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preview imageADRIFT ON THE NILE
by Marcus Youssef
with Camyar Chai
based on the novel by Naguib Mahfouz
neworld theatre
Vancouver East Cultural Centre
February 2–10
$27/$23
604-280-3311 or www.ticketmaster.ca
www.vecc.bc.ca

“What do most of us really know about the Middle East, outside of the outrageous clichés that fuel the absurdly named ‘war on terror’?”  That line in the program of Adrift on the Nile, from the artistic directorate of neworldtheatre, provides the essential rationale for the very much improved incarnation of the script and production currently playing at the Cultch.

The version that I saw last summer at the Magnetic North Festival in St. John’s was substantially different.  That adaptation of the 1966 novel by Egyptian Nobel Prize winner Naguib Mahfouz was set, like the novel, in 1950s Egypt.  It was filled with specific discussions of contemporary Egyptian politics and issues—Nasser, the Aswan Dam—that neither Marcus Youssef and Camyar Chai’s script nor Chai’s direction was able to make interesting, relevant, or sometimes even comprehensible to a 21st century Canadian audience.

With the help of the $60,000 Alcan Award neworld received last year, Youssef and Chai reconceptualized and rewrote the script, and significantly redesigned the production.  The new version goes a long way towards fulfilling one of their original goals—to show how cynical, jaded artists and intellectuals smoking dope and mocking attempts at political reform on a houseboat on the Nile are not much different than their Canadian counterparts in our own day.

In addition the new version, re-set in the present day and centred on the conflict between secular cynicism and Islamist commitment, directly addresses many of the outrageous clichés that characterize the West’s assumption about the Middle East.  Best of all, the play does these things in theatrically compelling ways for the most part, through characters who feel much less like clichés themselves, and in conversational, colloquial dialogue that no longer sounds like a stilted translation.

The central figure remains Anis (Alex Ferguson), a deeply disaffected civil servant who lives on the houseboat of popular, successful actor Ragab (Bill Marchant), smoking himself into oblivion with the aid of Ragab’s Nubian servant Amm (Tom Pickett), a devout Muslim who is at the same time obsessed with American teleculture—Deal or No Deal, the World Series of Poker—and provides Anis with dope and hookers.  Anis’s stoner perspective gives the play a phantasmagoric quality, reinforced by Tim Matheson’s dreamy, surreal projections and Sam Shalabi’s live soundscape.

The other hangers-on on the houseboat are all Westernized: Layla (Kathleen Duborg), who works in the foreign service and is being hassled by an Islamic boss she calls “Jimmy Jihad”; Ali (Tom McBeath), magazine publisher and former professor, purged from the university because he’s Christian; smart-ass businessman Mustafa (James Long), who boasts of his deals buying American goods cheap in Iraq and selling back to the Americans dearer (he calls Ali “crucifix boy”); and Saniya (Laara Sadiq), a wealthy divorcée, former student and current lover of Ali.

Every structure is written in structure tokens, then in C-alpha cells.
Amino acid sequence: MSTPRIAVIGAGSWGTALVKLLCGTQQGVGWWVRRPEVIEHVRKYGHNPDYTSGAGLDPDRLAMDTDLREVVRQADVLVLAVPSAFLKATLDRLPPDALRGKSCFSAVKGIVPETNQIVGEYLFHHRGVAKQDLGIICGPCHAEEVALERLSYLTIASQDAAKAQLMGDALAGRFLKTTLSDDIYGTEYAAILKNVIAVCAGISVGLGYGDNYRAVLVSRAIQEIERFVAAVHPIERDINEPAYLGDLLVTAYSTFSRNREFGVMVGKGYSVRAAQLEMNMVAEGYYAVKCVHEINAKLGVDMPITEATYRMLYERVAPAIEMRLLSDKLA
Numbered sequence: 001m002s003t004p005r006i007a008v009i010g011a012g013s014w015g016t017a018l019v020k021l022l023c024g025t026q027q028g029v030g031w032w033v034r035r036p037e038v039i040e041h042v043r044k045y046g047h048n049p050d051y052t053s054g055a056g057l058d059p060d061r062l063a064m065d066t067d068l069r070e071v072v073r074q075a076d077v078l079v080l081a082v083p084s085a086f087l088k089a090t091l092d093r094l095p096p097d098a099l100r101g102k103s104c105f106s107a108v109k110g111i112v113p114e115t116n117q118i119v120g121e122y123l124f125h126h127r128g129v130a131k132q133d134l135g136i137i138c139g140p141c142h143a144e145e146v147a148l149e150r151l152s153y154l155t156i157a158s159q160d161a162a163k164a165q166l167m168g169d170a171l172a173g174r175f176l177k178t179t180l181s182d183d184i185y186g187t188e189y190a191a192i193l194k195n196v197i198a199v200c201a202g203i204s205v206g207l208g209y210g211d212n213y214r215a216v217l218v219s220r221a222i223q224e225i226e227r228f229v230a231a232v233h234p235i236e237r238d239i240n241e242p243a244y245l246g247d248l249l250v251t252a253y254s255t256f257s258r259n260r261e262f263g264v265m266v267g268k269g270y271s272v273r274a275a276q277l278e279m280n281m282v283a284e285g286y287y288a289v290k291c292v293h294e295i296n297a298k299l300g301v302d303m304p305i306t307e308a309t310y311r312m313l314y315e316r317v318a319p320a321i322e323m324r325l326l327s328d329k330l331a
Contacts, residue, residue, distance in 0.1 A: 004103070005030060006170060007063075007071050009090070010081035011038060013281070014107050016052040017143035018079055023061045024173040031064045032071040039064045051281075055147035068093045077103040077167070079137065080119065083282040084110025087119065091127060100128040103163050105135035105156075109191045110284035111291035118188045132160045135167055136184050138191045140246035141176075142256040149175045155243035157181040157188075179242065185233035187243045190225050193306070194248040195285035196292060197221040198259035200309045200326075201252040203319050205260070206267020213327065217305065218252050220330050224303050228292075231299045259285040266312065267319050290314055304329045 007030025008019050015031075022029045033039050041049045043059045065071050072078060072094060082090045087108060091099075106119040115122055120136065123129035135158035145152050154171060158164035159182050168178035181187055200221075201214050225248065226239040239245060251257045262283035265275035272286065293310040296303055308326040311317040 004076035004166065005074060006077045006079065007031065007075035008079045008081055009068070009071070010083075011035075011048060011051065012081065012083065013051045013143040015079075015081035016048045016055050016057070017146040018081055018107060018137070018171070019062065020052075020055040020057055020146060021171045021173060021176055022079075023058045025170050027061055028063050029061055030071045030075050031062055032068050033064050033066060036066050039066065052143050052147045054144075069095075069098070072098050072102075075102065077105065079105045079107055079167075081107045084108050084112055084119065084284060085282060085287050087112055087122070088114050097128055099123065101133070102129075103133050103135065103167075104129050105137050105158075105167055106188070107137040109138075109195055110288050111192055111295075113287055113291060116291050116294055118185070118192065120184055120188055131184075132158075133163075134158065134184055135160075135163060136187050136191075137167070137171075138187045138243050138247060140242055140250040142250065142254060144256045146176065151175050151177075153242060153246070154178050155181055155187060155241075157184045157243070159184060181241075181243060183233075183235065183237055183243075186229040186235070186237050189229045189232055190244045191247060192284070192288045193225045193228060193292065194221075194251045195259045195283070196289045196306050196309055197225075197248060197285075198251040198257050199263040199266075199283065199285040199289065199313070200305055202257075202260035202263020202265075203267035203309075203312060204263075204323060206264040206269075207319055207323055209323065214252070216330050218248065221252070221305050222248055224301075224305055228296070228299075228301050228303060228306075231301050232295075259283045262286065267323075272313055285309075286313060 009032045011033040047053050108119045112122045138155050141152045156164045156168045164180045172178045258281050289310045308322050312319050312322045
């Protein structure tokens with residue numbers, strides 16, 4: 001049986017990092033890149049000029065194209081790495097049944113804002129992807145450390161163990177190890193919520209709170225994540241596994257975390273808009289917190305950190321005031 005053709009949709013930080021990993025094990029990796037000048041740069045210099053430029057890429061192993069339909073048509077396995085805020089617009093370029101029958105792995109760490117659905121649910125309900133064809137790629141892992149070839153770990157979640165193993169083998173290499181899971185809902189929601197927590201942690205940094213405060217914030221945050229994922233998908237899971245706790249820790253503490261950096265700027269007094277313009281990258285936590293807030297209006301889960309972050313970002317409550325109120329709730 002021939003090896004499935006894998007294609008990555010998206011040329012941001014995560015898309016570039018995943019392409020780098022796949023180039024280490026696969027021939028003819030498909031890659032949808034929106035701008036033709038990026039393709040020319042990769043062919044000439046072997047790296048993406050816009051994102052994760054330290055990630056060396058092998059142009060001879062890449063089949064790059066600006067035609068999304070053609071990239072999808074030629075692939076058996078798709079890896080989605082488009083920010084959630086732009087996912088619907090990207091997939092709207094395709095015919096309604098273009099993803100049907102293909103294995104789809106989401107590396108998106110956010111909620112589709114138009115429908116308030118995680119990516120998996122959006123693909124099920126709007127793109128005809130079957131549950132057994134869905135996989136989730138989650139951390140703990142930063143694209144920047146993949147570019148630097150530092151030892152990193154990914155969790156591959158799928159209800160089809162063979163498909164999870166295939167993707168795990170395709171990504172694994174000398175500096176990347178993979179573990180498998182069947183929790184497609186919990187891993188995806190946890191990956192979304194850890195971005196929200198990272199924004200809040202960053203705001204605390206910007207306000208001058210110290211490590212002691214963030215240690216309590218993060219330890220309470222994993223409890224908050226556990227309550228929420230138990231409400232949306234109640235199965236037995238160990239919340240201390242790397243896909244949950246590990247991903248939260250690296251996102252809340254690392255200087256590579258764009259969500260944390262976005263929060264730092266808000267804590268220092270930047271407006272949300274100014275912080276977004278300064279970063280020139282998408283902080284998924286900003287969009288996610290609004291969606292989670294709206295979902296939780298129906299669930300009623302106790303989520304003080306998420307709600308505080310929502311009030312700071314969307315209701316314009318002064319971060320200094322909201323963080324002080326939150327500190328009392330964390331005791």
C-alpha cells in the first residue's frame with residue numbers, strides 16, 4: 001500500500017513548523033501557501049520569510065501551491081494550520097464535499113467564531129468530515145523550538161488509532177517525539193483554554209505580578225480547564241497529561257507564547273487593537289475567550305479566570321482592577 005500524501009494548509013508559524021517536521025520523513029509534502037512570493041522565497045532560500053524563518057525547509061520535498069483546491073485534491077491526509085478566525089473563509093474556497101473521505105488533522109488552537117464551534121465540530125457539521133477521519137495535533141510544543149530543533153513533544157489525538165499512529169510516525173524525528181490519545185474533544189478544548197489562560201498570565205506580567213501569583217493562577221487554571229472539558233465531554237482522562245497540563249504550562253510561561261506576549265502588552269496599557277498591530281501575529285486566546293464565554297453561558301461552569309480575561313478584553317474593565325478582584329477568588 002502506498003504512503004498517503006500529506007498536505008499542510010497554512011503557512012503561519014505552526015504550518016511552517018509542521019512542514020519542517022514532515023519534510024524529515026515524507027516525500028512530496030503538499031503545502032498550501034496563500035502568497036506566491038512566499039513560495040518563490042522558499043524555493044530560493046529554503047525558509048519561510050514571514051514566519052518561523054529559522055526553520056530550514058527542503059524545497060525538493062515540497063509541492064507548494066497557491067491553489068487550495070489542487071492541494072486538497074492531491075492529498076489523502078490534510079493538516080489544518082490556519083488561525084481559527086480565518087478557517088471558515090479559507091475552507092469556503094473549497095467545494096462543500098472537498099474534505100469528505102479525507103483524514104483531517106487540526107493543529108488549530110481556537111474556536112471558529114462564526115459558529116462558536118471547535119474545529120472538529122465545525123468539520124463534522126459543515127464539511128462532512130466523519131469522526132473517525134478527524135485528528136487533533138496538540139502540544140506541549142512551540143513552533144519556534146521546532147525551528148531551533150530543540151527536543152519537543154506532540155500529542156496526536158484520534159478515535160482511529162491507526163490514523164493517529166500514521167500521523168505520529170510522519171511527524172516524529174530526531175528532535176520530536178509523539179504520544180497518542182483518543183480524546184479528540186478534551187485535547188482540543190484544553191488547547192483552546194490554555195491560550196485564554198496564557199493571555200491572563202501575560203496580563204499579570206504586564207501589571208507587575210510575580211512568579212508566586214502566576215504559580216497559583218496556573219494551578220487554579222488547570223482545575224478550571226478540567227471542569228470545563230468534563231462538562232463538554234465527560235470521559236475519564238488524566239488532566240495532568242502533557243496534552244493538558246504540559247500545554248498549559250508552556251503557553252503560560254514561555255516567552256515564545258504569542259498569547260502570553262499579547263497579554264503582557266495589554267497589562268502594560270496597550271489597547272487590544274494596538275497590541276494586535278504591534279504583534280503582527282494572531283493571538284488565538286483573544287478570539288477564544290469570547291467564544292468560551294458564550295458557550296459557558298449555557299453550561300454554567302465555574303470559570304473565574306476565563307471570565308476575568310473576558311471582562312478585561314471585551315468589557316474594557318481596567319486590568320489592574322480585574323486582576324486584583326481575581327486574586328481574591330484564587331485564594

Into their midst comes Samara (Maiko Bae Yamamoto), a socially conscious journalist who has embraced Islam, wears a headscarf, and is easily the play’s most interesting character.  She challenges the decadent complacency of the others and elicits from them their prejudices about Islamic culture and politics.  Saniya accuses her—a child of privilege—of being a “fashion fundamentalist.” And indeed, Samara turns out to have her own issues and contradictions.

The second half of the play is locked into plot elements and revelations from the novel that I think ultimately detract from the significant issues raised by Samara, although Chai does a good job of keeping them from turning the piece into melodrama.  The acting is very good across the board, with Yamamoto, Ferguson, Marchant, and Pickett the standouts.  Chai mounts a handsome production.

But for me the ultimate value of the play comes from its complex, comical, contradictory response to that question: what do we know about the Middle East?  Especially through the characters of Samara and Amm, we’re told that simplistic, monolithic views are utterly wrong.  Stoned Anis shrugs off the paradoxes: “In downtown Cairo you can buy a designer burqa made by Chanel with lingerie to match.”  That’s just the kind of weirdness that gets a Canadian  audience nodding, “Okay, we get it, they’re just people too.”

Jerry Wasserman